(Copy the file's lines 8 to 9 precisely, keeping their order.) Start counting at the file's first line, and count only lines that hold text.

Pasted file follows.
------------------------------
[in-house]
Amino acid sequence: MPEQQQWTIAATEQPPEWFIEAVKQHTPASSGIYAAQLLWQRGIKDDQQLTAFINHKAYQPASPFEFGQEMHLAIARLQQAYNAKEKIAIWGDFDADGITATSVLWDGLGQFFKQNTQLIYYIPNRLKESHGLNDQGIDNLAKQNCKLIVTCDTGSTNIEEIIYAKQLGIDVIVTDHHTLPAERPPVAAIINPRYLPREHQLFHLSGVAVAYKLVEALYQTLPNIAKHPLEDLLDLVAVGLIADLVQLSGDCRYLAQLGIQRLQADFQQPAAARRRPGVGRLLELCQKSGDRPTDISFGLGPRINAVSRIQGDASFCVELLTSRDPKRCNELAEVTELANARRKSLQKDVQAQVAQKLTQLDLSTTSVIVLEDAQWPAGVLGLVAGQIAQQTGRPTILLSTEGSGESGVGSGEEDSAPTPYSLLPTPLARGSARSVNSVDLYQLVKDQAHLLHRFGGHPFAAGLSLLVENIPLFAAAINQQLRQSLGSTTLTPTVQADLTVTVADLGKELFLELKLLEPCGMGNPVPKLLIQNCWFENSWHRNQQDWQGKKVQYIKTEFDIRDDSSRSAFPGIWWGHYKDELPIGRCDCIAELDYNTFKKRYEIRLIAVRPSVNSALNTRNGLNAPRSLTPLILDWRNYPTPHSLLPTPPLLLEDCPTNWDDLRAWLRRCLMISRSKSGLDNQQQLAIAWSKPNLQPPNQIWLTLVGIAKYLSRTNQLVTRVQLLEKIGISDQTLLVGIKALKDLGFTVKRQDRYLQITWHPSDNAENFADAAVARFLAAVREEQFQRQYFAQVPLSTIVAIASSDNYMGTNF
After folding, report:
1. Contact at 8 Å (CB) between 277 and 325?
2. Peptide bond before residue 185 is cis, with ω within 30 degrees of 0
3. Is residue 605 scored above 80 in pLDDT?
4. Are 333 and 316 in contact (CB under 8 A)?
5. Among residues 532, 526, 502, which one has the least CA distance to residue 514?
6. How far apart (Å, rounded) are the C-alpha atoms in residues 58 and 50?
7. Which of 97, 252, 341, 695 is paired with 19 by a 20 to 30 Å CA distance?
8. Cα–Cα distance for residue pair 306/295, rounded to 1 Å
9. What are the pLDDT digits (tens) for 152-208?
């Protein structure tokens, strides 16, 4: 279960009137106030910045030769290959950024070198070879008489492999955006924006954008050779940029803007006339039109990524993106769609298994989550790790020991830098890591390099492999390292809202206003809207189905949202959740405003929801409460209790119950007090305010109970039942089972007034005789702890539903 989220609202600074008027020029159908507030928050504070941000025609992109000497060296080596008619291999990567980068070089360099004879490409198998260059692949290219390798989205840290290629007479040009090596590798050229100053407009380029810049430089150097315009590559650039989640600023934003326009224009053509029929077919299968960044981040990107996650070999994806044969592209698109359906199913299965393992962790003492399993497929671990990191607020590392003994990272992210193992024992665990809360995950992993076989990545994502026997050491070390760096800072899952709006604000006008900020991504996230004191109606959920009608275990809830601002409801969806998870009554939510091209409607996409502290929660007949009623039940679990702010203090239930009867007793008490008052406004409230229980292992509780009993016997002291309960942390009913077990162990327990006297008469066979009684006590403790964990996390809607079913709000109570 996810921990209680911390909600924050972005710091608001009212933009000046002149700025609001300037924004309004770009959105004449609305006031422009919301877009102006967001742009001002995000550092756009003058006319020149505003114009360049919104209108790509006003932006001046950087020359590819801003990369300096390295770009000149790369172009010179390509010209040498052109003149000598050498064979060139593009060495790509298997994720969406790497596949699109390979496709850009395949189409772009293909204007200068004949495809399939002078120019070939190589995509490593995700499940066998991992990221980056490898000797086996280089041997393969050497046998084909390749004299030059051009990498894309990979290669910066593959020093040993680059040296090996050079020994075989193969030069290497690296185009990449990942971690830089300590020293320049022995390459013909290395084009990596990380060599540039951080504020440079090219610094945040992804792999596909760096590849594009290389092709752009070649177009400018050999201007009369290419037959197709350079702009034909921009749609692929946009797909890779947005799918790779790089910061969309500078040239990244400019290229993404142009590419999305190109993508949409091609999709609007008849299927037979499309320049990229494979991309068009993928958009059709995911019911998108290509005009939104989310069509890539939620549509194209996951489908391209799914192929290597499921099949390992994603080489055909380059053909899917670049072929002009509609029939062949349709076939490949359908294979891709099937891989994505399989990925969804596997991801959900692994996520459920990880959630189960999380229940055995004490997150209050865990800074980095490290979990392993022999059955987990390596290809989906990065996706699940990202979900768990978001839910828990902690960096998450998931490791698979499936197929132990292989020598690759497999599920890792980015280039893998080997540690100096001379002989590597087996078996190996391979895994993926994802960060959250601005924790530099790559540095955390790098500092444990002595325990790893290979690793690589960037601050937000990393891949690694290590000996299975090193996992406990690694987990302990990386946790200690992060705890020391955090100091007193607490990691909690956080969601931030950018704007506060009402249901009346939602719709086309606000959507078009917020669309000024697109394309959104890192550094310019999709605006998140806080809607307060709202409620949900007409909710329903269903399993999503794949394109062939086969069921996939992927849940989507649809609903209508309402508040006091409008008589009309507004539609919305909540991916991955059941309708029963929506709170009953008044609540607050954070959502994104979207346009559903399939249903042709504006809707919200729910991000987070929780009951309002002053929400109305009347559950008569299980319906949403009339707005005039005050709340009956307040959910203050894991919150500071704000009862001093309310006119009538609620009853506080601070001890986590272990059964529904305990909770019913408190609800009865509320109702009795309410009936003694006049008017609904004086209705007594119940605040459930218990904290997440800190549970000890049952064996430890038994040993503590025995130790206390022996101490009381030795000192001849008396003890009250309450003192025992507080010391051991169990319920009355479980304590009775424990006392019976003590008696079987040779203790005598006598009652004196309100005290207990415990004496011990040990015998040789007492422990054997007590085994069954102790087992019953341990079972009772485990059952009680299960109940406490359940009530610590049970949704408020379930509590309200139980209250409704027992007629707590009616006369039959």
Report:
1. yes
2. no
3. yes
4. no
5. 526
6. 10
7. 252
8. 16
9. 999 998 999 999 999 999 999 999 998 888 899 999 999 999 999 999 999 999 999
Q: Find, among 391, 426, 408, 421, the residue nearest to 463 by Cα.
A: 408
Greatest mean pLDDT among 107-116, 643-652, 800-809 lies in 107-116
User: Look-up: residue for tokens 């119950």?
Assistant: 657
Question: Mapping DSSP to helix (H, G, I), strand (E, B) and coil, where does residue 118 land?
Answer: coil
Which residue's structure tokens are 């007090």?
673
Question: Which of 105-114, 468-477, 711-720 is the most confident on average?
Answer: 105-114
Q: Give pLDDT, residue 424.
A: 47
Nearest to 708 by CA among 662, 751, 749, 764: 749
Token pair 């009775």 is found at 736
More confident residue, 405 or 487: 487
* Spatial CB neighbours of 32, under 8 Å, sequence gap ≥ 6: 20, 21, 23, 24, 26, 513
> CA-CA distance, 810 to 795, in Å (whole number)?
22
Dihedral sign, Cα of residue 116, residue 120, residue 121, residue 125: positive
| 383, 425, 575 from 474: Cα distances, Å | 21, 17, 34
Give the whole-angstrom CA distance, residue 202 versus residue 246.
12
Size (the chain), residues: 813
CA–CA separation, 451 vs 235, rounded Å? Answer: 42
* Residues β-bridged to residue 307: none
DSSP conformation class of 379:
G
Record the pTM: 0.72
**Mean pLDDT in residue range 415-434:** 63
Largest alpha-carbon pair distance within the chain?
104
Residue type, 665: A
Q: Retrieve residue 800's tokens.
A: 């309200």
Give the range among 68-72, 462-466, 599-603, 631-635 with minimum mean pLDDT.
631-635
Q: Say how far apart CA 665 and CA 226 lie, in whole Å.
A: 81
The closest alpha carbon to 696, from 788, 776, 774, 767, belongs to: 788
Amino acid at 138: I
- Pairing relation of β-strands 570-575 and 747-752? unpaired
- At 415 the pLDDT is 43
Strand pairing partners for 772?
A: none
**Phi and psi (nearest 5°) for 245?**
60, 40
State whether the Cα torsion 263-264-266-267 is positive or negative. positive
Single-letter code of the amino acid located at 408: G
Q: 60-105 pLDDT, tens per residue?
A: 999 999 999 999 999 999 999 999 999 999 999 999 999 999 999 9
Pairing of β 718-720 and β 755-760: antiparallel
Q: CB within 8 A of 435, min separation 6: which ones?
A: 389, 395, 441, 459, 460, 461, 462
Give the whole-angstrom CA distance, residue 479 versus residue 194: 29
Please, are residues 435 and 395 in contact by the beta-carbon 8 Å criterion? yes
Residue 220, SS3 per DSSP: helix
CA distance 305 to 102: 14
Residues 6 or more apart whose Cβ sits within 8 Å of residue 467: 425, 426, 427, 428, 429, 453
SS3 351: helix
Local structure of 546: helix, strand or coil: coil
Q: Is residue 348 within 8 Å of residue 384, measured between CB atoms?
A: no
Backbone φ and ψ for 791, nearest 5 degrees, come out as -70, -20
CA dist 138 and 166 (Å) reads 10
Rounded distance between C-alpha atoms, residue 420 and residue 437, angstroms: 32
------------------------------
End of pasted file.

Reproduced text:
5. Among residues 532, 526, 502, which one has the least CA distance to residue 514?
6. How far apart (Å, rounded) are the C-alpha atoms in residues 58 and 50?